Today I participated in a nice web-based program started by the Central Bank of Russia (it will be posted soon). An economist is being interviewed by another, and then the one who has been interviewed becomes in his/her turn the interviewer of yet a third one. My friend Shlomo Weber, the head of the New School of Economics interviewed me, and then I interviewed Professor Natalya Zubarevich, from the Lomonosov Moscow State University and a noted scholar of Russian regional economics.

Just a couple of days ago Natalia gave a very well-received talk at the Gaidar Forum in Moscow on (what one might call) “unhealthy convergence” of Russian regions. In fact, Natalia shows that most recently regional per capita GDPs have started a mild convergence, but that this is due first to low growth rate of most of them and the economy as a whole, and to the redistribution mechanism (mostly of the oil rent) between the regions. A healthy convergence, Natalia says, would be the one where economic activity, and especially small and medium size private businesses, were much more equally distributed across some ninety subjects of the Russian Federation. She also had very interesting insights into the excessive “verticalization” of economic power and decision-making in Russia, and the economic growth of Moscow (much faster than of any other part of Russia) driven by centralization of that power, and concentration of large state-owned or state-influenced enterprises as well as bureaucracy in Moscow.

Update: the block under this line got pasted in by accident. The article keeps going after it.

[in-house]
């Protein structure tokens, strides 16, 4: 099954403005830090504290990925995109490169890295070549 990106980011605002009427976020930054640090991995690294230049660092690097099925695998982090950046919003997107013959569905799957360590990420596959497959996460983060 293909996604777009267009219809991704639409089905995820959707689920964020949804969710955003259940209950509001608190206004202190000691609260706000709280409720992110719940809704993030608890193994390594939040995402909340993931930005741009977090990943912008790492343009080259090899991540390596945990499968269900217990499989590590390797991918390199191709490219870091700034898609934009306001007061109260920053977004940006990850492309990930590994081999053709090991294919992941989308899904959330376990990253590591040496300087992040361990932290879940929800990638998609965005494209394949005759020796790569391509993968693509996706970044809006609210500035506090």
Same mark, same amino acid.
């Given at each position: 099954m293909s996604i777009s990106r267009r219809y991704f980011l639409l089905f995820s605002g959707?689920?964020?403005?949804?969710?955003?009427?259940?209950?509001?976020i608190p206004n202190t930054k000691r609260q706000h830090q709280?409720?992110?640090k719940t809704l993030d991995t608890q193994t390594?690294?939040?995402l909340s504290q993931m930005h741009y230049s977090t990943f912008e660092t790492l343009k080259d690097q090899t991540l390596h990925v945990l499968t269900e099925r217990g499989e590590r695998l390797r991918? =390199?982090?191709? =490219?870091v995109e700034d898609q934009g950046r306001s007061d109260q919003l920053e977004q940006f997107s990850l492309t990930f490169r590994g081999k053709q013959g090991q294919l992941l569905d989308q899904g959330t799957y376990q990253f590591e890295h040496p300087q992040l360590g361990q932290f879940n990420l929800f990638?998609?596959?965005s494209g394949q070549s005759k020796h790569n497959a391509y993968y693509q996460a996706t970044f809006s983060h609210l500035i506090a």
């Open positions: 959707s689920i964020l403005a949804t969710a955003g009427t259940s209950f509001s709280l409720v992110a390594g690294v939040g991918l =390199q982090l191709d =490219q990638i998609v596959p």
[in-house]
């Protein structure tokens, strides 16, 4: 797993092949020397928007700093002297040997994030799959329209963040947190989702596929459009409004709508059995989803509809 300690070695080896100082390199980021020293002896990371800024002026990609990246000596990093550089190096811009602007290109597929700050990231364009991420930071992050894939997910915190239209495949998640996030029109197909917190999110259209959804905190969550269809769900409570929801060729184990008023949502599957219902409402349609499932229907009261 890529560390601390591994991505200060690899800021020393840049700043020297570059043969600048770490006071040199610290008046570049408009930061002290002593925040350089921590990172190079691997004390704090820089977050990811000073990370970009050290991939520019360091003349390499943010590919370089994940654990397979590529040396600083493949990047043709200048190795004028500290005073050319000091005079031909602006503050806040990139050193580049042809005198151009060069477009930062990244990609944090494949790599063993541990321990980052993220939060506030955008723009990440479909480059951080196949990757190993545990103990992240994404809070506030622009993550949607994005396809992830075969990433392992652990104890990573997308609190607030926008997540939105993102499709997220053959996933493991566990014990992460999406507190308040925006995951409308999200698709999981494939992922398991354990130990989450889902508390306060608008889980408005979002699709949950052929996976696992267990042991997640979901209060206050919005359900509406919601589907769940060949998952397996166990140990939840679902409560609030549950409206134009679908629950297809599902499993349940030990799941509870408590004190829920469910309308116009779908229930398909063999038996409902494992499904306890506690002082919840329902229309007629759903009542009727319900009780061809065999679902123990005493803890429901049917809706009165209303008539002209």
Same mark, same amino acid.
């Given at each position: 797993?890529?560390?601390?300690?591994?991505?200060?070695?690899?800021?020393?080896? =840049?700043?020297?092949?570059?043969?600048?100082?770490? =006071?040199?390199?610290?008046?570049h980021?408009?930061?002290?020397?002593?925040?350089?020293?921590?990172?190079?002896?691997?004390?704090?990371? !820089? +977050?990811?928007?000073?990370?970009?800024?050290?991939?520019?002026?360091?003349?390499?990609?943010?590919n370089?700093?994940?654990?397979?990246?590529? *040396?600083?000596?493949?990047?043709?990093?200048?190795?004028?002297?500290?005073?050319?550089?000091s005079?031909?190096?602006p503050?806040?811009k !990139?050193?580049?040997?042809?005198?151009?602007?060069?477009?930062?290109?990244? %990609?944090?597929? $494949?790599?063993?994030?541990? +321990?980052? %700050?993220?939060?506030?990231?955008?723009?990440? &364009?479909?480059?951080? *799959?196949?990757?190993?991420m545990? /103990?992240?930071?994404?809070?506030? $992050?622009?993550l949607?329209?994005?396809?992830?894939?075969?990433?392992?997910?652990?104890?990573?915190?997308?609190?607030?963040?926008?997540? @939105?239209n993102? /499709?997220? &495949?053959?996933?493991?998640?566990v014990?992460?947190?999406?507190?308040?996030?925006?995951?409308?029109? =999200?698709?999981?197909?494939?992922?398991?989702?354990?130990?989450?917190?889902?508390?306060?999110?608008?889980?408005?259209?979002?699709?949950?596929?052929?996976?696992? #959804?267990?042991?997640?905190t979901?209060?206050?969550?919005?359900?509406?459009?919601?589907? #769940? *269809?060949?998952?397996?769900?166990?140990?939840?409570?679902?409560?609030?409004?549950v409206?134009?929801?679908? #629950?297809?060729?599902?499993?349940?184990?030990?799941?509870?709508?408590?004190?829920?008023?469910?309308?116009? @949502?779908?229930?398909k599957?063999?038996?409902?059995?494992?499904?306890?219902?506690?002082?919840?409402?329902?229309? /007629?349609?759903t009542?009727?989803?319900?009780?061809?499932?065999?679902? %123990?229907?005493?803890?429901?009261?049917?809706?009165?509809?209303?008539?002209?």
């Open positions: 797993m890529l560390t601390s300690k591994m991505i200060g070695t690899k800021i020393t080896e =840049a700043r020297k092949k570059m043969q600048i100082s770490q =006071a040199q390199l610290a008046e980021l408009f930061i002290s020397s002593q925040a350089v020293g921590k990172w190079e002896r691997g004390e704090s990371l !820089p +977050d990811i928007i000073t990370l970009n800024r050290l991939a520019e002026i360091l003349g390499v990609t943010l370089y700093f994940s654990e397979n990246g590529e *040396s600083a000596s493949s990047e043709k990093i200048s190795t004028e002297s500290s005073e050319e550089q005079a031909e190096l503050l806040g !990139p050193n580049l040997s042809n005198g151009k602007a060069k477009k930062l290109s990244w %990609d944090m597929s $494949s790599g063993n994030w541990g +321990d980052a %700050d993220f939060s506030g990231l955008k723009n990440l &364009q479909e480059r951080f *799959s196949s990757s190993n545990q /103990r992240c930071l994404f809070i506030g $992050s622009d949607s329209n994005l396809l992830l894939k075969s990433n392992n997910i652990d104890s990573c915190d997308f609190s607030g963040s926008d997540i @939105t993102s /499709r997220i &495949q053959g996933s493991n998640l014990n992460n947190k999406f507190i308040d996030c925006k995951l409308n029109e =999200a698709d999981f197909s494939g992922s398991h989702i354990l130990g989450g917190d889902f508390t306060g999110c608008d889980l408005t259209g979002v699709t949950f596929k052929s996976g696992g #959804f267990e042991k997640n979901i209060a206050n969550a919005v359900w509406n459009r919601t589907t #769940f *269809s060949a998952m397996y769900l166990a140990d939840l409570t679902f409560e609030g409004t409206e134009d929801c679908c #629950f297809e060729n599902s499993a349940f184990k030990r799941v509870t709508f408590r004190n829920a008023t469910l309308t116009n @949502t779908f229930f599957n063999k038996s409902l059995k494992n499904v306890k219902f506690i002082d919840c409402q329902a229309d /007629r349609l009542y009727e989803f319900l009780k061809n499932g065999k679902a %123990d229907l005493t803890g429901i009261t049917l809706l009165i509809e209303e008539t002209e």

What most attracted my attention during Natalia’s presentation at the Gaidar Forum was her description of the current period of low growth rates in Russia as zastoi, or stagnation. Now, zastoi has a very special political meaning in Russian because it was a disparaging term used in the Gorbachev era, and by Gorbachev himself, to define the Brezhnevite period of declining growth rates, lack of development perspectives, unchanging bureaucracy, and general demoralization and malaise.

But I asked Natalia the following question. Looking over the past 150 years of Russian history (and I think it is hard to go further back), were not really the best periods for ordinary people exactly the periods of zastoi: incomes rose by little for sure, but the state repression was weak, there were no wars, and probably if you look at violent deaths per capita per year, the lowest number of people died precisely during the periods of zastoi. So perhaps that zastoi is not so bad.